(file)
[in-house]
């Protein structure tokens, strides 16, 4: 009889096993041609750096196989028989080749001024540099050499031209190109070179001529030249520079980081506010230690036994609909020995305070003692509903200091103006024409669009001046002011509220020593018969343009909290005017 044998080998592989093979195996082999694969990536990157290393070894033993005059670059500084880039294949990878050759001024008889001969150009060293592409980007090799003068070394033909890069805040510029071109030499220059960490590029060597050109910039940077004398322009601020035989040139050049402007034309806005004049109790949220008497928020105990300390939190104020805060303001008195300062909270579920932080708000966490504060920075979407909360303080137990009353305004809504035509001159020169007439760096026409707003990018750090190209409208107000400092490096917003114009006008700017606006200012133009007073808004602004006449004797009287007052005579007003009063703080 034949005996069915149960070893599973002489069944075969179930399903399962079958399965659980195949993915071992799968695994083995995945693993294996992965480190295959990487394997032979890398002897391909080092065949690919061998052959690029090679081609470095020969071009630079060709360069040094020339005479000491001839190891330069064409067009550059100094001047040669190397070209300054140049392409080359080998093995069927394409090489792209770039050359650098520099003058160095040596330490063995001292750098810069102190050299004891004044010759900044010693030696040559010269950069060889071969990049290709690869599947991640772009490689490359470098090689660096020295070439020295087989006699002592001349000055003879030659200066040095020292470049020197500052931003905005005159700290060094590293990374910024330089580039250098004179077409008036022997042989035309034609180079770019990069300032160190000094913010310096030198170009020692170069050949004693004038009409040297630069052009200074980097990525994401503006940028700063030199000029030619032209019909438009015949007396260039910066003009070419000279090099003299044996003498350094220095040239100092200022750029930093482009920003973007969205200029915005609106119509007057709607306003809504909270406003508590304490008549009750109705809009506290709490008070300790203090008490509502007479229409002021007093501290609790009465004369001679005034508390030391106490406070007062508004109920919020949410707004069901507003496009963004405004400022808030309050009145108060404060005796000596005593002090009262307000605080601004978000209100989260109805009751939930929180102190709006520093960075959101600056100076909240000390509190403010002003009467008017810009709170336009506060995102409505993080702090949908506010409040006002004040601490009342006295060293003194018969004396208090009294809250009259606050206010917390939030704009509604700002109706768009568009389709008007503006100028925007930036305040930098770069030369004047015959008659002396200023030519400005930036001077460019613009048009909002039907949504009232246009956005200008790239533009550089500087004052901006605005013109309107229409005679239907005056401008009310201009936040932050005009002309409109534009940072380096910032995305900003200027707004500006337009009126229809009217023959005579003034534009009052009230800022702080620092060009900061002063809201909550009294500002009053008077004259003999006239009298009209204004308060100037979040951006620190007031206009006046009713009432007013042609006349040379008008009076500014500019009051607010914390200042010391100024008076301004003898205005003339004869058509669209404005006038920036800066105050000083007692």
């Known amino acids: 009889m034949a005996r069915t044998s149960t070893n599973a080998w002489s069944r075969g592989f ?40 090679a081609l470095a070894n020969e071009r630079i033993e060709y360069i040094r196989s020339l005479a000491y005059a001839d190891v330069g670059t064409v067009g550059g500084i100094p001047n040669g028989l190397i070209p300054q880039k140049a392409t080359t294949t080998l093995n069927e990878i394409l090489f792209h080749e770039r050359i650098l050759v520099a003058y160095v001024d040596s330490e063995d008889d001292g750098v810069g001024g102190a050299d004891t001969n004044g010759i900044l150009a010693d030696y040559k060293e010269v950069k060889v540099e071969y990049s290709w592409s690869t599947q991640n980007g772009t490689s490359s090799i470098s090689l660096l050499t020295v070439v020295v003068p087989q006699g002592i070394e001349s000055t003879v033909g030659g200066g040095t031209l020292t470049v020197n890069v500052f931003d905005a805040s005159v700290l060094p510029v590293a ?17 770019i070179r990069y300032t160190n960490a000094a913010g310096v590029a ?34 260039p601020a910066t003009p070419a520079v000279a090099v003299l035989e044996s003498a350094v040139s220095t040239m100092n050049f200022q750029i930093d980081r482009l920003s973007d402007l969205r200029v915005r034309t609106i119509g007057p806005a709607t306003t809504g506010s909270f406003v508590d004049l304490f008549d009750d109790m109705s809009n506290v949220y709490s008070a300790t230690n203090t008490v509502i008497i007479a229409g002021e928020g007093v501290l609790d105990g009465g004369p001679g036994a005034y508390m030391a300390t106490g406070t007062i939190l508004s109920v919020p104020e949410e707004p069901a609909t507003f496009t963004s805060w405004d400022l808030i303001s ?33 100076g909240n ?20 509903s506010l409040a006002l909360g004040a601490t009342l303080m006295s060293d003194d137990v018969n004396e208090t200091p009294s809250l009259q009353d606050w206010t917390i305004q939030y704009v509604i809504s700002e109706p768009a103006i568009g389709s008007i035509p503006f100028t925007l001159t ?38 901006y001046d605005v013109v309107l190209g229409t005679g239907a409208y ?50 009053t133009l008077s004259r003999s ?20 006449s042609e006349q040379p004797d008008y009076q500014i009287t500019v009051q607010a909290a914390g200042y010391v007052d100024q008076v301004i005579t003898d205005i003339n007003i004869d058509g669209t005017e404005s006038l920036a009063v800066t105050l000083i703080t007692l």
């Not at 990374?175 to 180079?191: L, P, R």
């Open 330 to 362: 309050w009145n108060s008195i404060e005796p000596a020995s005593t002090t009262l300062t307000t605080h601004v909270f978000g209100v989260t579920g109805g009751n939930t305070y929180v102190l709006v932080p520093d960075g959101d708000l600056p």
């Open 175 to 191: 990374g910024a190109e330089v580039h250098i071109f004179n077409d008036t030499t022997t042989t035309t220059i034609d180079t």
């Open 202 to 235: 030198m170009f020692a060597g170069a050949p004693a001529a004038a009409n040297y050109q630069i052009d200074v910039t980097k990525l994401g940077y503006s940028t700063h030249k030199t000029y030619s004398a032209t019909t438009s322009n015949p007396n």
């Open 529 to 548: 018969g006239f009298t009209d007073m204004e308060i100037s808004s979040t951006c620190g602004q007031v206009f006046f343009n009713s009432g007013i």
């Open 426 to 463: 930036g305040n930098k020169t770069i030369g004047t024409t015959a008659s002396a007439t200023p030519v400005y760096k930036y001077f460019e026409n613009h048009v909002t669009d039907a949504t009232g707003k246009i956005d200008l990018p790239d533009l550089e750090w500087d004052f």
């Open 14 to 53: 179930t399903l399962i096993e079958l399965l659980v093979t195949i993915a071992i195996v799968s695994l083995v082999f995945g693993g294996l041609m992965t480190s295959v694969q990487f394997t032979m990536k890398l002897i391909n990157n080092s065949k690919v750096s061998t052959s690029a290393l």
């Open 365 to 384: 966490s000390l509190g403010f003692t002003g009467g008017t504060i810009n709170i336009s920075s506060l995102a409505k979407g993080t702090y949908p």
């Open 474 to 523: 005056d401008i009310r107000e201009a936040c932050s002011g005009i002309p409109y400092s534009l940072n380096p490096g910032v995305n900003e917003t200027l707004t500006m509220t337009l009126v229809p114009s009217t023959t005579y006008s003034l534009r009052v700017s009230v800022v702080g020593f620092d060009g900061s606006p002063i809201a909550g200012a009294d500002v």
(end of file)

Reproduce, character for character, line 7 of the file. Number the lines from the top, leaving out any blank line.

């Open 202 to 235: 030198m170009f020692a060597g170069a050949p004693a001529a004038a009409n040297y050109q630069i052009d200074v910039t980097k990525l994401g940077y503006s940028t700063h030249k030199t000029y030619s004398a032209t019909t438009s322009n015949p007396n």